JM Bullion - This could be the most expensive data breach ever!

Discussion in 'General Precious Metals Discussion' started by ozcopper, Nov 4, 2020.

  1. ozcopper

    ozcopper Well-Known Member Silver Stacker

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    An online retailer of precious metals has revealed that it has been the victim of a significant data breach.

    JM Bullion, which sells gold, silver, copper, platinum and palladium, became the victim of a cyberattack back in February that was not discovered until July. It remains unclear why the hack is only just being disclosed publicly.

    This type of attack is known as MageCart and works by placing lines of malicious JavaScript code into a website. Then, when an individual enters payment information, the code diverts it to an external server operated by the hacker.

    "On July 6, 2020, JM Bullion was alerted to suspicious activity on its website. JM Bullion immediately began an investigation, with the assistance of a third-party forensic specialist, to assess the nature and scope of the incident,” a notice sent to JM Bullion customers read.

    “Through an investigation, it was determined that malicious code was present on the website from February 18, 2020 to July 17, 2020, which had the ability to capture customer information entered into the website in limited scenarios while making a purchase.”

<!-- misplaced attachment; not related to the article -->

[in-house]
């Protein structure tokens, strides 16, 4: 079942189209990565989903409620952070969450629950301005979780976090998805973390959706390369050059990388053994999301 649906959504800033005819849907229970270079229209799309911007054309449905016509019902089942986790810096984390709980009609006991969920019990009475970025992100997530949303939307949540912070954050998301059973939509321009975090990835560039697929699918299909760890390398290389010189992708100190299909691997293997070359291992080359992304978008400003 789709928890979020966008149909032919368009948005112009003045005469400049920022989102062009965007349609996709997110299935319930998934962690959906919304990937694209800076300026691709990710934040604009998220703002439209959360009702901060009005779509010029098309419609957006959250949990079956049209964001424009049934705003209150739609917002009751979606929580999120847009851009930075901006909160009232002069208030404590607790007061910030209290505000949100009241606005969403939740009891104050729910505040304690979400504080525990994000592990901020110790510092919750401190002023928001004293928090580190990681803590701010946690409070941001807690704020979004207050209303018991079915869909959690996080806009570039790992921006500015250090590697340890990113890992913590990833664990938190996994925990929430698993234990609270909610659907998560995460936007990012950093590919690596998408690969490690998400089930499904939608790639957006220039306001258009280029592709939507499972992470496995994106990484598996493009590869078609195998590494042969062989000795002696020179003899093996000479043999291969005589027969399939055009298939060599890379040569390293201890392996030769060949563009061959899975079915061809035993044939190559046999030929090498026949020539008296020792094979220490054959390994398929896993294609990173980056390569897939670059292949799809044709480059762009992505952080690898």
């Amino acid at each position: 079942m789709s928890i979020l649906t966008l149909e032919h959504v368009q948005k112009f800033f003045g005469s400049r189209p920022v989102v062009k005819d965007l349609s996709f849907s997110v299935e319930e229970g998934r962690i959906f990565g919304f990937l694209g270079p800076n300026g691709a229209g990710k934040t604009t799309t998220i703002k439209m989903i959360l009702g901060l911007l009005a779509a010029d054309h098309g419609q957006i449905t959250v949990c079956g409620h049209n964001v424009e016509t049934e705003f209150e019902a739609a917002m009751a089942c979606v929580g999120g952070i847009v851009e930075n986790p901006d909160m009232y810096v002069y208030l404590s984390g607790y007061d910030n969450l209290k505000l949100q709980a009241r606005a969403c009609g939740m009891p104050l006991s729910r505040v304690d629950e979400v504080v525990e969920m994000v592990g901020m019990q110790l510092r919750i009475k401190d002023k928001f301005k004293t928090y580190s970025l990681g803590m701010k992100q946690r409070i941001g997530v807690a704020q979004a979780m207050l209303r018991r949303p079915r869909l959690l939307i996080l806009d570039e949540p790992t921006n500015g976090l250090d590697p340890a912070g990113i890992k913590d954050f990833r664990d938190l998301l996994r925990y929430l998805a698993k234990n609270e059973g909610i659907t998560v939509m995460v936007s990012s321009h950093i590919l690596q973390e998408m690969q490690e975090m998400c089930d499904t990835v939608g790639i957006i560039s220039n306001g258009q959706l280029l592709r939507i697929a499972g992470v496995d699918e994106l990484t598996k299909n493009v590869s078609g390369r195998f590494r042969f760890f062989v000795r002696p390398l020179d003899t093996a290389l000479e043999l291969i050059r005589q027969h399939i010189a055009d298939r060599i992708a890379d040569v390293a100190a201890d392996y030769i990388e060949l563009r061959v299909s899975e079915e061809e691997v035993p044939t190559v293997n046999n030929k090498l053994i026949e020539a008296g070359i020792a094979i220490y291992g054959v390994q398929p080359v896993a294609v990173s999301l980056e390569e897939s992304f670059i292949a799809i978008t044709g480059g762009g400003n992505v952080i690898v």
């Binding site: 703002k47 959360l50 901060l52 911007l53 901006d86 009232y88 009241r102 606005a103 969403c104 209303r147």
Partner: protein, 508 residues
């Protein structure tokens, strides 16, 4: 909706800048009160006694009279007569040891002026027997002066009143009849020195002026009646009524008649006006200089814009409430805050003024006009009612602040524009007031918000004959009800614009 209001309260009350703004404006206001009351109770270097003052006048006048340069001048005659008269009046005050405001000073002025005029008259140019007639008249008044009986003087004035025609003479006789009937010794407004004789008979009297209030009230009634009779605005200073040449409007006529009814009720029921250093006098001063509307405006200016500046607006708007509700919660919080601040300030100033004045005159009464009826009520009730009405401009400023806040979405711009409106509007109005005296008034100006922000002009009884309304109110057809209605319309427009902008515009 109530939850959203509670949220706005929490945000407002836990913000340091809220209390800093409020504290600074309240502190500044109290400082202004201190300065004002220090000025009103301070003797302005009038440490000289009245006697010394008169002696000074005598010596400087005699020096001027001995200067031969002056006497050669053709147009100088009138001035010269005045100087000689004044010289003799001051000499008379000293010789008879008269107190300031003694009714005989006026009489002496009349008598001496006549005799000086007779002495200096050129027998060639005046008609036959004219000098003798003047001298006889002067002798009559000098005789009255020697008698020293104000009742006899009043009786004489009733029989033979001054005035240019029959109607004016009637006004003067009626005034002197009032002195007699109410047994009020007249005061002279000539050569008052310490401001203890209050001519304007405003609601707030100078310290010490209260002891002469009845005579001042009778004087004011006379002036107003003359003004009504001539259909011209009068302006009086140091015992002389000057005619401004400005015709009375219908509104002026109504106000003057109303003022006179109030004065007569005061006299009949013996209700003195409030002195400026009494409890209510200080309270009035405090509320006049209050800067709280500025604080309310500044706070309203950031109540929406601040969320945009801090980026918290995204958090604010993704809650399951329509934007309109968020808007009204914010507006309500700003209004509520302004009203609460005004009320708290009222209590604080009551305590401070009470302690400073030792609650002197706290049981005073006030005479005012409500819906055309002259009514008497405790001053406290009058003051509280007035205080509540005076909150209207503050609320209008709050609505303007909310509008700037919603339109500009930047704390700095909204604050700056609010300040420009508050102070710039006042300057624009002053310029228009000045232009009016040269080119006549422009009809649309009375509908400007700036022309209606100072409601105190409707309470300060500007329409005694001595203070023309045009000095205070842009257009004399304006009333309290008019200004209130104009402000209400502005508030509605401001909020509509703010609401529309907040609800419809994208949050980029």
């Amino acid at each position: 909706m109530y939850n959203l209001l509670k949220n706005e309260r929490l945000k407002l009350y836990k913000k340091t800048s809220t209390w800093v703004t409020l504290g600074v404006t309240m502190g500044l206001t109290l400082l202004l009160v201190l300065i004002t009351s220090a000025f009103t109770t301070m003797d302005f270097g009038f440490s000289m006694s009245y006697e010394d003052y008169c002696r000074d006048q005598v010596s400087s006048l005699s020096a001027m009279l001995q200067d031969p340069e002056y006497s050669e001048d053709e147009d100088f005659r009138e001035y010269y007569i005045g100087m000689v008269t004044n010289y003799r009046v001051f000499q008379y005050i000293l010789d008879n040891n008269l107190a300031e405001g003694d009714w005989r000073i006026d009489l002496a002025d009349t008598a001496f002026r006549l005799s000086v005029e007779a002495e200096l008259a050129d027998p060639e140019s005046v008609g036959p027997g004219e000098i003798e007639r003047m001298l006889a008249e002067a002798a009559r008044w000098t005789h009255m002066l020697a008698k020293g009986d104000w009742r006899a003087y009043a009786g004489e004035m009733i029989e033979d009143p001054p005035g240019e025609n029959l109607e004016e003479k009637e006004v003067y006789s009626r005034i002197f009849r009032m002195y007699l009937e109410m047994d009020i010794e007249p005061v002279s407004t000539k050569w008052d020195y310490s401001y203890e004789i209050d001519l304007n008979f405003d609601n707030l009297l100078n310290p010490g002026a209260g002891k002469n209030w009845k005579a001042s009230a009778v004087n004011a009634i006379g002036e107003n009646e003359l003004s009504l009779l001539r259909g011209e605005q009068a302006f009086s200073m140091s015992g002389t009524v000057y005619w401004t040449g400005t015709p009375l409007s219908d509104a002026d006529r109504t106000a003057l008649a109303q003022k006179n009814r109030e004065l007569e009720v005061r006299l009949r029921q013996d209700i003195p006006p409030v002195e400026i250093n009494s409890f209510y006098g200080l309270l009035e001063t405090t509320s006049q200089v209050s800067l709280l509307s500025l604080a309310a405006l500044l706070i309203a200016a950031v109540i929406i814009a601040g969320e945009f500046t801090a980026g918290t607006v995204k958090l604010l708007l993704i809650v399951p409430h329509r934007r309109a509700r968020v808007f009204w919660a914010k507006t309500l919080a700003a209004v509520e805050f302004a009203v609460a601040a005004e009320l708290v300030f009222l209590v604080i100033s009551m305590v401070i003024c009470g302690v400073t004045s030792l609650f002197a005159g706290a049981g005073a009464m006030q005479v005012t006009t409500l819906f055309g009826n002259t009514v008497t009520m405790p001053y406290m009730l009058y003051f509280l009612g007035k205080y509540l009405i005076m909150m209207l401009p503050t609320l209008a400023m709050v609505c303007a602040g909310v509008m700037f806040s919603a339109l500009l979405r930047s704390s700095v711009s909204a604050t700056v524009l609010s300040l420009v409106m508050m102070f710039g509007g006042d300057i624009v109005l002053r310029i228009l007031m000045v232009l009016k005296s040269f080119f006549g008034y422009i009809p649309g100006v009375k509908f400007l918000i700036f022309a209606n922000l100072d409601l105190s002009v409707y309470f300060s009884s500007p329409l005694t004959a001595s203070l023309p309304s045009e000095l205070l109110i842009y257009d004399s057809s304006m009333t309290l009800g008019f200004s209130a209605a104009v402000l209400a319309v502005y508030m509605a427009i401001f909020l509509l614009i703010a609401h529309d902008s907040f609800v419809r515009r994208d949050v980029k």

Five months
    Potentially, this breach could have resulted in hugely sensitive information, including customer names, addresses and even payment information, falling into the wrong hands. The malicious code was only removed from JM Bullion website on July 17 – meaning that it was present for a staggering five months.

    Law enforcement officials have been notified regarding the breach and anyone that purchased items from the JM Bullion website between February 18 and July 17 have been advised to monitor their bank statements to check for fraudulent activity.

    Although there have been no reports of malicious activity stemming from the hack as of yet, JM Bullion did post sales in excess of $3 billion over the past eight years. If cyberattackers use ill-gotten credentials to conduct fraudulent activity, it could end up being a hugely costly data breach for the company and its customers.

    Source: https://www.techradar.com/news/this-could-be-the-most-expensive-data-breach-ever
     

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